The dark side of medicine
IT’S just 8am and I, the young doctor who just finished a 24 hour call, face the rest of the team about to present admissions for the night.
I’m nervous, because it’s been a busy night and everything is now a blur. I begin to read my notes, glancing at the consultant intermittently to gauge her facial expression: happy, unhappy, annoyed? I scan the room for smiles and nods of reassurance. I feel my vocal cords tense every time I think I’m talking nonsense.
Eventually it’s over and I go home feeling like shit.
I started medical school ten years ago and finished my residency this year. Reflecting on times like morning rounds, I came to realize that the actual medicine was the easiest part of training.
The hardest thing for me was carrying an unquenchable fear, day after day, call after call.
Fear of being judged. Fear of messing up. Fear of not knowing enough. Fear of not being up to it. Fear of not fitting in. Fear of upsetting people by asking them too many questions. Fear of being the subject in hospital staff rooms and group discussions. Fear of being embarrassed in front of colleagues and patients. Fear of appearing weak. Fear of collapsing.
It’s unmissable, suffocating, and, unsurprisingly, makes for great TV drama.
Books kept me afloat during medical school, internship, and residency.
Of all these books, The Tennis Partner by Abraham Verghese, based on a true story, was the most profound. It’s a story of friendship, a lifeline in this profession that is sometimes more toxic than the illnesses encountered.
Verghese, an American doctor and author, befriends David, a medical student. Dr. Verghese is new in town; David is a recovering drug addict; both men love tennis.
Unfortunately, friendship does not save David: he dies by suicide just before starting his residency.
What drove David to suicide? What caused four of my Trinidadian medical school colleagues to die by suicide? What is the story behind the 300 to 400 physicians who die by suicide each year in the United States?
What are the attitudes that have caused 80% – yes, you read that number correctly – of physicians, residents and medical students in Canada to have been bullied, harassed or bullied at some point in their careers? What’s behind the half of doctors and medical trainees in Canada who screen positive for depression and the one-third who have suicidal thoughts at some point in their lives?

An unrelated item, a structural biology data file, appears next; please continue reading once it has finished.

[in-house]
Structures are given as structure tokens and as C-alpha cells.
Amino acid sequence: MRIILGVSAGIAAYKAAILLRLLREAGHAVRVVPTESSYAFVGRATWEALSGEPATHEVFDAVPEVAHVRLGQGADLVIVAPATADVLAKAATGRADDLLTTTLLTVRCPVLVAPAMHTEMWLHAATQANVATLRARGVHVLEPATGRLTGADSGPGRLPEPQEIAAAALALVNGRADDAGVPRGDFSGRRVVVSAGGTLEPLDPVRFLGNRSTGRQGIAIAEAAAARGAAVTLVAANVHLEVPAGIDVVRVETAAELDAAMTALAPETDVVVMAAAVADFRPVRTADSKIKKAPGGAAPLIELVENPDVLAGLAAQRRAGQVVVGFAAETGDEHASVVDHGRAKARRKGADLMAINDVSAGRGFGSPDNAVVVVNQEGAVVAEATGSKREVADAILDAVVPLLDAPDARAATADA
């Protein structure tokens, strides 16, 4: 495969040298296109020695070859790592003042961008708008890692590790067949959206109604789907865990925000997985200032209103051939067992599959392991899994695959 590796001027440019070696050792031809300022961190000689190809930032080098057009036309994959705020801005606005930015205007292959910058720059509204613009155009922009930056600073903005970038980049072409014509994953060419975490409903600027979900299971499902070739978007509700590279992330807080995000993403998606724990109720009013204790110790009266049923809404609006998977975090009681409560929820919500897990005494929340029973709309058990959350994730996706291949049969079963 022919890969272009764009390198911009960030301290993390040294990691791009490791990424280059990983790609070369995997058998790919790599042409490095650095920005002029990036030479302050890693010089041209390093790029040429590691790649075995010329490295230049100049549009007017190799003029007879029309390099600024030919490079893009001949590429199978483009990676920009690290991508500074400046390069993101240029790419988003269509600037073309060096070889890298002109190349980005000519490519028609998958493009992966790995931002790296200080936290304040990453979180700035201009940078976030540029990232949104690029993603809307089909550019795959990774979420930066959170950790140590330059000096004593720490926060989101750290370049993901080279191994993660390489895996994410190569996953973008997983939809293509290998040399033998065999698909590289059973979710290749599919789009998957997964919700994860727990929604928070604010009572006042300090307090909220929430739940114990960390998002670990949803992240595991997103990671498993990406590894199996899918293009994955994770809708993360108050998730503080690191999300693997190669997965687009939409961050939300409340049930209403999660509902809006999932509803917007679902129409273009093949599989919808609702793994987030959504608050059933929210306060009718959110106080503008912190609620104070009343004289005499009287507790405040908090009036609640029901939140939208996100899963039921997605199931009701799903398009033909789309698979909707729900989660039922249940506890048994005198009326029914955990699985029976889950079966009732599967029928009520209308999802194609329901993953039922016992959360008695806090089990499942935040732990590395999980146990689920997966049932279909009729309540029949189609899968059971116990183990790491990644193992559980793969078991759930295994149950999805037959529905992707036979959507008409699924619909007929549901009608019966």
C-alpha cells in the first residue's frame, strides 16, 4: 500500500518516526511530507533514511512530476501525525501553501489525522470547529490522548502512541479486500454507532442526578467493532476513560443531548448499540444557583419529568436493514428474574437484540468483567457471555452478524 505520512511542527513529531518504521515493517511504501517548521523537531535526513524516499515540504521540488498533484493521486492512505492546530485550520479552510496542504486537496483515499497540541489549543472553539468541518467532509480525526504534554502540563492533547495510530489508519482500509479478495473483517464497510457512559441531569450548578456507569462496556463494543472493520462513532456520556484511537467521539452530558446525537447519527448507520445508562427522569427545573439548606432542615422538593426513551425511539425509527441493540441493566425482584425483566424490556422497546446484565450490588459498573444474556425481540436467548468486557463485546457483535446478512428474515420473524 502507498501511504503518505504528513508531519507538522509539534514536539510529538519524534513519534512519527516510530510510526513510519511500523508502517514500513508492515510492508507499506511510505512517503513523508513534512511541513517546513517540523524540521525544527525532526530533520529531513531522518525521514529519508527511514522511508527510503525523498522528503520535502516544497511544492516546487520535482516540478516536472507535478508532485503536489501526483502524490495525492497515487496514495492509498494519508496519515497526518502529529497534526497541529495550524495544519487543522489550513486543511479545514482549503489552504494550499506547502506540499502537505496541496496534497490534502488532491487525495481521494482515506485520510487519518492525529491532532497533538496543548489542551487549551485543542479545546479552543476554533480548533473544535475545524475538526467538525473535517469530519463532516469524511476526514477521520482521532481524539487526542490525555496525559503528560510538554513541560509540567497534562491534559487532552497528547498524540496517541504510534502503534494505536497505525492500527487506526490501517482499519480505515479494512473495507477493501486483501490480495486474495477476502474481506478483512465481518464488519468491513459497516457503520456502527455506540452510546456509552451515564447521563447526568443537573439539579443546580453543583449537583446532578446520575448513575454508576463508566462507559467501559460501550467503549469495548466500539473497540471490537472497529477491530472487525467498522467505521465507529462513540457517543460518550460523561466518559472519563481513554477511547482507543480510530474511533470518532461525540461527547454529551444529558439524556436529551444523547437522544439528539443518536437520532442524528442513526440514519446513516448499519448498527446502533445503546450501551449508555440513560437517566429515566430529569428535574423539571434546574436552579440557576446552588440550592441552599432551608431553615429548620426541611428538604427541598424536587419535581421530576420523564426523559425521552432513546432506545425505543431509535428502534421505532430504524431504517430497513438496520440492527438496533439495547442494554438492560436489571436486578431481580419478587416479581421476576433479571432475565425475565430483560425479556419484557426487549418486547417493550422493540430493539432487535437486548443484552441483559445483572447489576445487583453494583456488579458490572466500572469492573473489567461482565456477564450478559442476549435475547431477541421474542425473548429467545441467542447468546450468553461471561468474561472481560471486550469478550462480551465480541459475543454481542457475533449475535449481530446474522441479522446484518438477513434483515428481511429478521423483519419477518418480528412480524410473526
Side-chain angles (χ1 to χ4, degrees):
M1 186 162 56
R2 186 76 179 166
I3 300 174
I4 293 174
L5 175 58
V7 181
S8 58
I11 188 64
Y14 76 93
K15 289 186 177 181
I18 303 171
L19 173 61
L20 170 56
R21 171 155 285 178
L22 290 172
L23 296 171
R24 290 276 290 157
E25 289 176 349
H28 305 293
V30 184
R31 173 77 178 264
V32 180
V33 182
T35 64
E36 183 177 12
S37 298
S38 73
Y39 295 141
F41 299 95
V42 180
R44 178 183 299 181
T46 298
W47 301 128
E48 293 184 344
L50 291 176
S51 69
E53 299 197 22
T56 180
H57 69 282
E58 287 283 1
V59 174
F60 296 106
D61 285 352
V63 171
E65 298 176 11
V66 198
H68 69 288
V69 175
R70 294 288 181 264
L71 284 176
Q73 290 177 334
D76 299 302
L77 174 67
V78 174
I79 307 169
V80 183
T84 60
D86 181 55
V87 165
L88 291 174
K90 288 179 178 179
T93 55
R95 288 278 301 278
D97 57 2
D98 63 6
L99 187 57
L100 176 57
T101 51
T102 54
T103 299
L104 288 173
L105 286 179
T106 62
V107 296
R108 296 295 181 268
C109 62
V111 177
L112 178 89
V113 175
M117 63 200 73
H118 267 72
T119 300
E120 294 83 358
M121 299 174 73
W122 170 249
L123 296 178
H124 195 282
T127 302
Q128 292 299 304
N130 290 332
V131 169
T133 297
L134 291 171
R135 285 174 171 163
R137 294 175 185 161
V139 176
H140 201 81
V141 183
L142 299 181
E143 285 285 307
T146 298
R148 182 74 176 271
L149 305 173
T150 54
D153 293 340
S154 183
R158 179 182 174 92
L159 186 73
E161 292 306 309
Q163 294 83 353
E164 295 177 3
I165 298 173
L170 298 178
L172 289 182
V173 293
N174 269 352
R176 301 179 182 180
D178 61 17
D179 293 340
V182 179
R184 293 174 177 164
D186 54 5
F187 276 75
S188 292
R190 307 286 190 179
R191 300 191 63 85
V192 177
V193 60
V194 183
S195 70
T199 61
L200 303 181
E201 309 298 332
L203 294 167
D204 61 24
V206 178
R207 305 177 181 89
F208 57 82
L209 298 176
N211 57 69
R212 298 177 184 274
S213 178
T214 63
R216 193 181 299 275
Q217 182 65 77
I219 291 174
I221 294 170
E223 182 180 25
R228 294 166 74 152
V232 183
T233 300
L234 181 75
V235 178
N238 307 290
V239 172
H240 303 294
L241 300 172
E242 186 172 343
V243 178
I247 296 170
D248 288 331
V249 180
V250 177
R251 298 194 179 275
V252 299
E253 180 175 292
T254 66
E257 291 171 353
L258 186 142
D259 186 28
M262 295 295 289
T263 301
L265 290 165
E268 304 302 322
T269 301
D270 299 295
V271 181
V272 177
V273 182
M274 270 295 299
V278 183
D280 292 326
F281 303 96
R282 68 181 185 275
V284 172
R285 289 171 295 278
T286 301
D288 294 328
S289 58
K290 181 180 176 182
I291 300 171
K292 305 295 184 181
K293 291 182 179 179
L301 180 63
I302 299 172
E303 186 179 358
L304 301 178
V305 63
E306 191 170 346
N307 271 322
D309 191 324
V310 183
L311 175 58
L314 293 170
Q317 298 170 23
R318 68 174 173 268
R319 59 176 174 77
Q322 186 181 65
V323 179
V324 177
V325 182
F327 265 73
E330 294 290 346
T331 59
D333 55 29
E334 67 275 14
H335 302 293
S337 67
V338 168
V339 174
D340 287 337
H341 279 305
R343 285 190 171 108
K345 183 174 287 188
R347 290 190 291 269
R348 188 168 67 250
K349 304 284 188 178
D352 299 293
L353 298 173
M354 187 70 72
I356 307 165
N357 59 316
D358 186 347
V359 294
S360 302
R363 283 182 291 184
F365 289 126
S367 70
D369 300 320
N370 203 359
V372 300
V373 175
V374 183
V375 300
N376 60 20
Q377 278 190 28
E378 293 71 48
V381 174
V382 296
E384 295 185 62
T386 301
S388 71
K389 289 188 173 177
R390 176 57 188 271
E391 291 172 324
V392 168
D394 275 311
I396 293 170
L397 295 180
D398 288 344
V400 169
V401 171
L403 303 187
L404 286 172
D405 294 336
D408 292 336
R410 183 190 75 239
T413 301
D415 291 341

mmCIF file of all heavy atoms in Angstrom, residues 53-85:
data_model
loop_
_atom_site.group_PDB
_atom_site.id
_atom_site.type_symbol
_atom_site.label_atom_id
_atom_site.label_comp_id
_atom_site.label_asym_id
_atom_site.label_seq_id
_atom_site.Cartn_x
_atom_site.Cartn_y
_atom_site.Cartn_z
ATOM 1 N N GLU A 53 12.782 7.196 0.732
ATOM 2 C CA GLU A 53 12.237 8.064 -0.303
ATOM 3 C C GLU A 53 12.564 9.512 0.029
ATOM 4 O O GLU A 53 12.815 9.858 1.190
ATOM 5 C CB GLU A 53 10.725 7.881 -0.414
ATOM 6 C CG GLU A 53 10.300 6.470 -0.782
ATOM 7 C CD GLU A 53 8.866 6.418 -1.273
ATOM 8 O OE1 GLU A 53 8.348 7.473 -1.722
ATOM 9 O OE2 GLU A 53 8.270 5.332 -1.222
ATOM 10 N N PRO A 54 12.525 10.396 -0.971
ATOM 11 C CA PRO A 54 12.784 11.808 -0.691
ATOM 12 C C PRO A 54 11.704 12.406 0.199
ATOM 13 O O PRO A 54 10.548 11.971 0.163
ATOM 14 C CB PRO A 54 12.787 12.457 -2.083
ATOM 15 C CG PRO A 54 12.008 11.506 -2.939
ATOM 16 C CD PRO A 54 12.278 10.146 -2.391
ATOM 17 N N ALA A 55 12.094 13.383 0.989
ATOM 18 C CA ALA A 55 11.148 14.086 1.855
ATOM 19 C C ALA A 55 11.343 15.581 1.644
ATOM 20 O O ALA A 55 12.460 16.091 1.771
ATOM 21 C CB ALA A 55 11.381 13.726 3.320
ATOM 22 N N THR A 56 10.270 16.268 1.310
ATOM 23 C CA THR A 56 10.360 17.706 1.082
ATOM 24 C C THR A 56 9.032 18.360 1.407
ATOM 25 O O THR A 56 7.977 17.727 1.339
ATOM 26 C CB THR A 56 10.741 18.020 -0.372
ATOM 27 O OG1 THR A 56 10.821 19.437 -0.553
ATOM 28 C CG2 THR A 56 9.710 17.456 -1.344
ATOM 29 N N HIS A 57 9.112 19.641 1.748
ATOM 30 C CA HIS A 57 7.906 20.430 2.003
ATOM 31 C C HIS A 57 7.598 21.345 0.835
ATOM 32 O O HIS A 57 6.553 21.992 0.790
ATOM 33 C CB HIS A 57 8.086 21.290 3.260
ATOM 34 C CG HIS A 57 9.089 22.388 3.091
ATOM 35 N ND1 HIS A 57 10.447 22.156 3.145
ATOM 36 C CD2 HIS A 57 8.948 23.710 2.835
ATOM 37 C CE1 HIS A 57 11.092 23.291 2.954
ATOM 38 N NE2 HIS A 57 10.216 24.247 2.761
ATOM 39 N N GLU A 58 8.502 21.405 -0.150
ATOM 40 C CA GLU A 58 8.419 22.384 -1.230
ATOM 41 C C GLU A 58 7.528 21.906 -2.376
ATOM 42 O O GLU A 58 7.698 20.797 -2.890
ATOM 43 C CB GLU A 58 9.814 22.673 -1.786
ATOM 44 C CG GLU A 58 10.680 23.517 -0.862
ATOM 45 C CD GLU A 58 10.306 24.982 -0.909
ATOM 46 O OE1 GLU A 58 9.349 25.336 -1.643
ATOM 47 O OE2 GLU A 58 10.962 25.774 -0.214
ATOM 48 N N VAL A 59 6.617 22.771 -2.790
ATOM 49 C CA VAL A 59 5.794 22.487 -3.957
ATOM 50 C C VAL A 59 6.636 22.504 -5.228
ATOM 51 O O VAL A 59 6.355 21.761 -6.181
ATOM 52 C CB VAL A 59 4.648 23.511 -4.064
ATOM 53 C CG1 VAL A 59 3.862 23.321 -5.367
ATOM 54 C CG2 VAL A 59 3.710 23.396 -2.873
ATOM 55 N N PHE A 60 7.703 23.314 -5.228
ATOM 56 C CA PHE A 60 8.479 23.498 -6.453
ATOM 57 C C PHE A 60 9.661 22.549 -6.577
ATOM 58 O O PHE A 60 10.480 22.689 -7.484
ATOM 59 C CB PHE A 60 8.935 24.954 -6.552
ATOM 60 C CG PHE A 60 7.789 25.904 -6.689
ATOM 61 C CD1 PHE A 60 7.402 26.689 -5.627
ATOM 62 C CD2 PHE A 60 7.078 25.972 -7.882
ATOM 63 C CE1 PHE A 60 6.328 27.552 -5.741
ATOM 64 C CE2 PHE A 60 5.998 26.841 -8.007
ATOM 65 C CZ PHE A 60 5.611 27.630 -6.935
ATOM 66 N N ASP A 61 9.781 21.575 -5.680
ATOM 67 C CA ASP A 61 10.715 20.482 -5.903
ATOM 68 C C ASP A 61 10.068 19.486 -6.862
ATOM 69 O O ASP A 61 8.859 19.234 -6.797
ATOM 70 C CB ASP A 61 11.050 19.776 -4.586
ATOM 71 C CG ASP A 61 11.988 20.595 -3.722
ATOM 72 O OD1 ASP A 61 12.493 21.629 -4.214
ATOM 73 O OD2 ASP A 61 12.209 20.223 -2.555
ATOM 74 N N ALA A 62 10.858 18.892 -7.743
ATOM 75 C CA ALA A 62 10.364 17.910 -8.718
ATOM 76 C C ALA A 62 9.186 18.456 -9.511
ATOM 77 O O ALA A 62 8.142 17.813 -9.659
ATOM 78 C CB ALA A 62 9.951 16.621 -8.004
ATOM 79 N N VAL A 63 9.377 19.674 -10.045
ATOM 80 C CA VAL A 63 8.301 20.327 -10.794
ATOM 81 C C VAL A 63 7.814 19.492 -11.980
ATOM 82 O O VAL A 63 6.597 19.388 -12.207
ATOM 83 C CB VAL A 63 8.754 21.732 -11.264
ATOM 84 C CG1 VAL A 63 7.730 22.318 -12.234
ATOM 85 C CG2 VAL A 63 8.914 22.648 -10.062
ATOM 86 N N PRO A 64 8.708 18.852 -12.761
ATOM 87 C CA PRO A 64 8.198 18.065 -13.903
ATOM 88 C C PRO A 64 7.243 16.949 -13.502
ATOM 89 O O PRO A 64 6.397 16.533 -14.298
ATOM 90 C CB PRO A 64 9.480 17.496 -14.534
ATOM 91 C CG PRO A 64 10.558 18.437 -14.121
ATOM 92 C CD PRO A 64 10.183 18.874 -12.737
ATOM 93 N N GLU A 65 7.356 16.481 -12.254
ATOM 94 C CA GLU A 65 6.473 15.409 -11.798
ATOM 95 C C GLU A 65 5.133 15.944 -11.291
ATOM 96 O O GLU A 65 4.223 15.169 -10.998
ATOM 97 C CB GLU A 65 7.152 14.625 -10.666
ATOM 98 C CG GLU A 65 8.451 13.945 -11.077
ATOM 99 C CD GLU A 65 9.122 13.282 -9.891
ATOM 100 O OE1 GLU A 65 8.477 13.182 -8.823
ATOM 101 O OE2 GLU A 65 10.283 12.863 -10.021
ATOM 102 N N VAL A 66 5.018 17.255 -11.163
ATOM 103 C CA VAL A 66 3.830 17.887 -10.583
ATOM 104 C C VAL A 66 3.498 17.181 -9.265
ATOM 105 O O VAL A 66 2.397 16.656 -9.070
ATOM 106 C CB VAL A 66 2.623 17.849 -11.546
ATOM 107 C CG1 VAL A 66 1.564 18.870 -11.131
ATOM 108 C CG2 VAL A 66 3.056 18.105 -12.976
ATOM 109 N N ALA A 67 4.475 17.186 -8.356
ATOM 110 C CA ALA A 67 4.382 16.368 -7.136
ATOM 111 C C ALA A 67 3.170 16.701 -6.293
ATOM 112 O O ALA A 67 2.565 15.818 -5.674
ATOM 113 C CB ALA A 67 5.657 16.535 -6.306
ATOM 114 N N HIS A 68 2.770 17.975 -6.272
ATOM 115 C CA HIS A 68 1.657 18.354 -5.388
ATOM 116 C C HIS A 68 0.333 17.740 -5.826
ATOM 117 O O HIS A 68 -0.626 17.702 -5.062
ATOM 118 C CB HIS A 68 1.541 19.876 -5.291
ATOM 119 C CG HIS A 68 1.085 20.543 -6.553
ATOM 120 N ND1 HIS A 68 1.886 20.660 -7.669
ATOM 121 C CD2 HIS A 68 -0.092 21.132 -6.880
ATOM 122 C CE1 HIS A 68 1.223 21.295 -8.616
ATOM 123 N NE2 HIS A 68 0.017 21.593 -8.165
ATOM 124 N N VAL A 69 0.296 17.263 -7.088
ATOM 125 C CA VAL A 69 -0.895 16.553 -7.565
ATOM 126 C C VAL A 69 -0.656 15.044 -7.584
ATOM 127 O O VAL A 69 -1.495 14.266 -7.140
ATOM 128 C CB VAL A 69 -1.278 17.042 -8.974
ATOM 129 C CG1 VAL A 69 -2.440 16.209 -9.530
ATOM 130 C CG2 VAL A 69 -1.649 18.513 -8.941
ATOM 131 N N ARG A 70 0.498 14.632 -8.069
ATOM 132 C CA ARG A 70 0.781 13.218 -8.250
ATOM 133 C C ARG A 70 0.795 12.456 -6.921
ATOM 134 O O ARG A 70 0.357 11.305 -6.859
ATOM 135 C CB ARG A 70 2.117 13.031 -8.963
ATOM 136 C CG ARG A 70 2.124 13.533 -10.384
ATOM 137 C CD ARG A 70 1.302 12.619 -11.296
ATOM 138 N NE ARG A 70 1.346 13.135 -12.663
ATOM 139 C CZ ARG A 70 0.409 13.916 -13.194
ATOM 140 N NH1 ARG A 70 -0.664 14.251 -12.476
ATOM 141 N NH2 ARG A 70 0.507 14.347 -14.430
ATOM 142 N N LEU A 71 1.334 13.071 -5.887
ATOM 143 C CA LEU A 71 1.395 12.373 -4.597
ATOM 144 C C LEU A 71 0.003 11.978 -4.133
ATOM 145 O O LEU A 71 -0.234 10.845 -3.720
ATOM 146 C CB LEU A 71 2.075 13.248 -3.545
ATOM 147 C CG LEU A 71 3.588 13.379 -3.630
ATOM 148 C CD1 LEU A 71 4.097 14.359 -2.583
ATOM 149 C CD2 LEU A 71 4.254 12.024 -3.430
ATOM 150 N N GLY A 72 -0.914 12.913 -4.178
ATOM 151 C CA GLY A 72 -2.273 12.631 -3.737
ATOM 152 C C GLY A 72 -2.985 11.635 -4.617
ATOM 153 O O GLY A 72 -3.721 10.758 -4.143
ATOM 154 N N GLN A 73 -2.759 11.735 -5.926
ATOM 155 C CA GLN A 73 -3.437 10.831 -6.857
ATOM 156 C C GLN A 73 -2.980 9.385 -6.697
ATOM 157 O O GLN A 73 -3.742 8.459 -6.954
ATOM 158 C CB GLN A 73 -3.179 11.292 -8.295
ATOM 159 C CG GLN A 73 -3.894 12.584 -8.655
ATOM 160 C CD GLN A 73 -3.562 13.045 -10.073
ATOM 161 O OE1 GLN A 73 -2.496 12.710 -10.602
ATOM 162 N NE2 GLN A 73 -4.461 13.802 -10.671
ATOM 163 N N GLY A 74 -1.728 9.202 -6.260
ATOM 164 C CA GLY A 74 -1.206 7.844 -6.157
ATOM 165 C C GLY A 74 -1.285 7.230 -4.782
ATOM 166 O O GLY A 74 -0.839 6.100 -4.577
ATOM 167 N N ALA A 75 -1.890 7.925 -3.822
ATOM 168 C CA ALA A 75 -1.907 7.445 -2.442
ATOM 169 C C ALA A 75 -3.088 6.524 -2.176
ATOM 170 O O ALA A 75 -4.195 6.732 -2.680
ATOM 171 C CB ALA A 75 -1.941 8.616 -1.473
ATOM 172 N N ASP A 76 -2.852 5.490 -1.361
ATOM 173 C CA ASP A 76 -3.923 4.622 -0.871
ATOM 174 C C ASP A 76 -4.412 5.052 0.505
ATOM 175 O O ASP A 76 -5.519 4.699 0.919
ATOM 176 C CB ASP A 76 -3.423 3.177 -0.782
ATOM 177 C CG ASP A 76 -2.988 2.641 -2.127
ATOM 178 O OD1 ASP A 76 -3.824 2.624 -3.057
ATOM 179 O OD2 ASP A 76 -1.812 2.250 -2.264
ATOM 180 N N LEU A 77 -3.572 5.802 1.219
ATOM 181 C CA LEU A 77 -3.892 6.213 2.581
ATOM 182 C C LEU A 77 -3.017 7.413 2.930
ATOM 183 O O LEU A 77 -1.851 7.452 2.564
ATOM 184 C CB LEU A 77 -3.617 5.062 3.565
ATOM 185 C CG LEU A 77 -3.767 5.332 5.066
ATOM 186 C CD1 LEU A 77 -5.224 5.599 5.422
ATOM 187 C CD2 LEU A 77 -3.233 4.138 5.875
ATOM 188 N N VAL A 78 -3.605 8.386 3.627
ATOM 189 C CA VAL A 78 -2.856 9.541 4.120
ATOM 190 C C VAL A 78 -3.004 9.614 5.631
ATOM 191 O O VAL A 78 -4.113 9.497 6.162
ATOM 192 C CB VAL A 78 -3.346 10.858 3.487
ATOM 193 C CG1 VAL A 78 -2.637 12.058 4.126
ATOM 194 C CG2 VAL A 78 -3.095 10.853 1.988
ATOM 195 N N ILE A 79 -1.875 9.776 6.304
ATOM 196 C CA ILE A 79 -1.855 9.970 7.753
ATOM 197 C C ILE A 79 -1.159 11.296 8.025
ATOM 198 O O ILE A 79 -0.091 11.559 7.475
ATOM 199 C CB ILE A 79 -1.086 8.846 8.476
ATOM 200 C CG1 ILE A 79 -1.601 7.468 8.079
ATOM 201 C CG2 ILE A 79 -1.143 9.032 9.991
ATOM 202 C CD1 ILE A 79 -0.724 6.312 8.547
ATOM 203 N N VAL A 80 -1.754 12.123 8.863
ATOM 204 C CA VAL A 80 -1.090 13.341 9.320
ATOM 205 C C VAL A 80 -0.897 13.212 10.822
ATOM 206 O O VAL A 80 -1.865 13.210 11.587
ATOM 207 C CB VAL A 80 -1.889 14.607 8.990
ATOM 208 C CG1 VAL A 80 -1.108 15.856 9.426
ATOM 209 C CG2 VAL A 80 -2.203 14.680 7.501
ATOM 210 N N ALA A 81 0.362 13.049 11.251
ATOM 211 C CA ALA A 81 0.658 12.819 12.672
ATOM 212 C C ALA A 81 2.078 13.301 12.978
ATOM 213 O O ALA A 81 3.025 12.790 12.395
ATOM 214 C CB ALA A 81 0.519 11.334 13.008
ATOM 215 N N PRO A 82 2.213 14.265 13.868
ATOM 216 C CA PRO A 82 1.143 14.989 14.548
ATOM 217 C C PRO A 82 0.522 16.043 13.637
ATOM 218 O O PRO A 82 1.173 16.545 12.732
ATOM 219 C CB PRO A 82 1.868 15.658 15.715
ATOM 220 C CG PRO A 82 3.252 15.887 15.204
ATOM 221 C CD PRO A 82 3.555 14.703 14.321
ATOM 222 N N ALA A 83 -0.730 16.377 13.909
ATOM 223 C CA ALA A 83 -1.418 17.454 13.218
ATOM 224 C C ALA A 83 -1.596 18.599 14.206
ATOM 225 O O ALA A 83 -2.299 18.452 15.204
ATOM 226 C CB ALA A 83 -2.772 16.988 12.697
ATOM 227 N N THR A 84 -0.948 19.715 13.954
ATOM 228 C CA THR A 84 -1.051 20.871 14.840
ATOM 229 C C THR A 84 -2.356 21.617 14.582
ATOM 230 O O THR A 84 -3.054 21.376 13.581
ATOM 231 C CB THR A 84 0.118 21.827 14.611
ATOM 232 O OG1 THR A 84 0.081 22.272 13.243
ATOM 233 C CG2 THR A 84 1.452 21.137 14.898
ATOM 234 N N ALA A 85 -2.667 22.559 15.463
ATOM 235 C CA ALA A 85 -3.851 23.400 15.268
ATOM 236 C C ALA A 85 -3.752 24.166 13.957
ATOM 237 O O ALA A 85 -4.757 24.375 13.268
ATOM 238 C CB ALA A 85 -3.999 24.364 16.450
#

The numbers — taken from the Canadian Medical Association’s 2021 National Physician Survey, which was answered by more than 4,000 physicians, residents and medical students — are staggering.
Many factors are involved, including the covid19 pandemic, which are beyond the scope of this column.
But at its core is the toxic culture that permeates every aspect of our noble profession and that we breathe in every day. Dr Verghese described it in The Tennis Partner: “Despite all our great societies, memberships, scholarships, specialist colleges, each with its annual dues, certificates and ceremonies, we are horribly alone.
“There is a silent but terrible collusion to cover up the pain, to cover up the depression; there is a fear of blushing, a machismo that destroys us. The Citadel quality of medical training, where only the fittest survive, creates the paradox of the humane, empathetic doctor, like David, who shows little humanity to himself.
“The profession is full of ‘dry drunks’, doctors who use titles, power, prestige and money just as David used drugs; physicians who are more comfortable with their work identity than with true intimacy.
Now add to this grim reality the complex web of biological, psychological and social factors that combine to increase a person’s risk of suicide – a place can’t get any darker than this.
On the bright side, the Canadian Medical Association’s 2021 survey showed that a culture shift is underway: more and more young physicians are shedding the stigma of mental illness, seeking help and plead for the well-being of doctors to be a priority.
I don’t know how I got through the last decade. But if I had to give advice to a new medical intern, I would say: be kind to yourself; don’t get carried away on the single-passenger train, I want to be, destined for a brilliant specialty; before finding a specialty, find a tennis partner to serve your fears and troubles.
If you are having suicidal thoughts, help is available.
If you are on TT, call LifelineTT at 800-5588/866-5433/220-3636.
In Canada, call Talk Suicide Canada at 1-833-456-4566.
Taureef Mohammed is a graduate of UWI and a Fellow in Geriatric Medicine at Western University, Canada